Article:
Ho Chi Minh and his close circle of associates – namely, Le Duan, Truong Chinh, Pham Van Dong, Le Duc Tho and Vo Nguyen Giap—fresh off a grueling, hard-fought, victory to end foreign colonial rule– understandably felt strongly that they should have been awarded control of all of Vietnam. After all, they had led the resistance and the victorious war against the French. Yet the battlefield victories came mostly in the North, in Tonkin and Annam. The French on the other hand continued to maintain a significant presence in the southern half of the country. Saigon, Michelin rubber plantations and Mekong Delta rice represented the real economic engine in Vietnam. A lucrative enterprise to say the least. As a result the French, with help from their American backers, were able to resist a complete Vietminh takeover. This was the situation in late spring 1954 when the world powers convened in Geneva to hammer out a settlement.
The United States was not listed as one of the official signatory parties at Geneva. Instead, we had observers in place. Our senior observer was General Walter Bedell Smith, General Dwight Eisenhower’s former chief of staff. Smith wasn’t necessarily intransigent but he was clearly constrained by the Cold War spirit of anti-communism, exemplified in the strongly combative statements of Secretary of State John Foster Dulles. Clearly the Eisenhower government felt it had a stake in what happened at Geneva. And even though the Americans were not a direct party to the settlement they did heavily influence the final outcome. Probably for the worse as it turned out. The agreement was among Cambodia, the Democratic Republic of Vietnam, France, Laos, the People’s Republic of China, the State of Vietnam, the Soviet Union, and the United Kingdom. The United States took note and acknowledged that the agreement existed but refused to sign it to avoid being legally bound to it.
The Geneva Accords, which were issued on July 21, 1954, carefully worded the division of northern and southern Vietnam as a “provisional military demarcation line, on either side of which the forces of the two parties shall be regrouped after their withdrawal”. To specifically put aside any notion that it was a partition, they further stated, in the Final Declaration, Article 6: “The Conference recognizes that the essential purpose of the agreement relating to Vietnam is to settle military questions with a view to ending hostilities and that the military demarcation line is provisional and should not in any way be interpreted as constituting a political or territorial boundary.” American observer Walter Bedell Smith added: “In connection with the statement in the Declaration concerning free elections in Vietnam, my government wishes to make clear its position which it has expressed in a Declaration made in Washington on June 29, 1954, as follows: ‘In the case of nations now divided against their will, we shall continue to seek unity through free elections, supervised by the United Nations to ensure they are conducted fairly.”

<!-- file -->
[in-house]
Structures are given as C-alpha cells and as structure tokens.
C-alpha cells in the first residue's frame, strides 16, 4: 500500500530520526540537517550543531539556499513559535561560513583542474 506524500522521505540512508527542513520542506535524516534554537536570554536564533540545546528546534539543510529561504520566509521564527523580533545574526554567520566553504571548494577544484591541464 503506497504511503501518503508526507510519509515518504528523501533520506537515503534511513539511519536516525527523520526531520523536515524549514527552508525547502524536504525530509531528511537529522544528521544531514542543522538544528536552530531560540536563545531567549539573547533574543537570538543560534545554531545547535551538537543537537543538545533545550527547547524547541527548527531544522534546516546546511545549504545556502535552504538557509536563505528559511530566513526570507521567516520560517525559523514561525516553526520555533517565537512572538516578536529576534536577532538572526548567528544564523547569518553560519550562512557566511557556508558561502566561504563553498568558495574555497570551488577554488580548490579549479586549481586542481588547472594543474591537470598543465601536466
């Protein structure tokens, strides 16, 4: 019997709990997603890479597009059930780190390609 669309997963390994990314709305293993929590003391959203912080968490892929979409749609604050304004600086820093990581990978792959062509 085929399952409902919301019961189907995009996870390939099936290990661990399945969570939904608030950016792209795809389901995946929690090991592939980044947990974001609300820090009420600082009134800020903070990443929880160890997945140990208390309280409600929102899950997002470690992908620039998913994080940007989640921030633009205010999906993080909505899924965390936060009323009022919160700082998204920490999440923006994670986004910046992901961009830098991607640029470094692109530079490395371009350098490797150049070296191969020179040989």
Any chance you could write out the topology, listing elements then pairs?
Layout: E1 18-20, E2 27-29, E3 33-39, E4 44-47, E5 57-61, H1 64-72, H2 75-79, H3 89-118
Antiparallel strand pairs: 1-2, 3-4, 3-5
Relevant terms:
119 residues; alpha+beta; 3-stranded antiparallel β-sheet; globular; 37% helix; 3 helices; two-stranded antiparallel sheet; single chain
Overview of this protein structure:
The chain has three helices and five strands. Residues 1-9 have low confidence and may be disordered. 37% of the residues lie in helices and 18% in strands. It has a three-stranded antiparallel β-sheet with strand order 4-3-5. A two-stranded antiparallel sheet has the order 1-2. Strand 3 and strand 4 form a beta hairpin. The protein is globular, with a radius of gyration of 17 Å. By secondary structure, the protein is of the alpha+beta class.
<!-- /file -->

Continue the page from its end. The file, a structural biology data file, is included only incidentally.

As it happened, the definition of “free” elections became Diem’s out when it came time to have those elections. In 1956 he would claim that a nation-wide election was unrealistic, that it would be marred by intimidation and corruption on the Communist side and as such could not be trusted as being “free.” This from a man who one year earlier had gained power in a rigged referendum (to be discussed momentarily). With his influential American backers providing political cover, Diem’s refusal to participate worked. Or did it?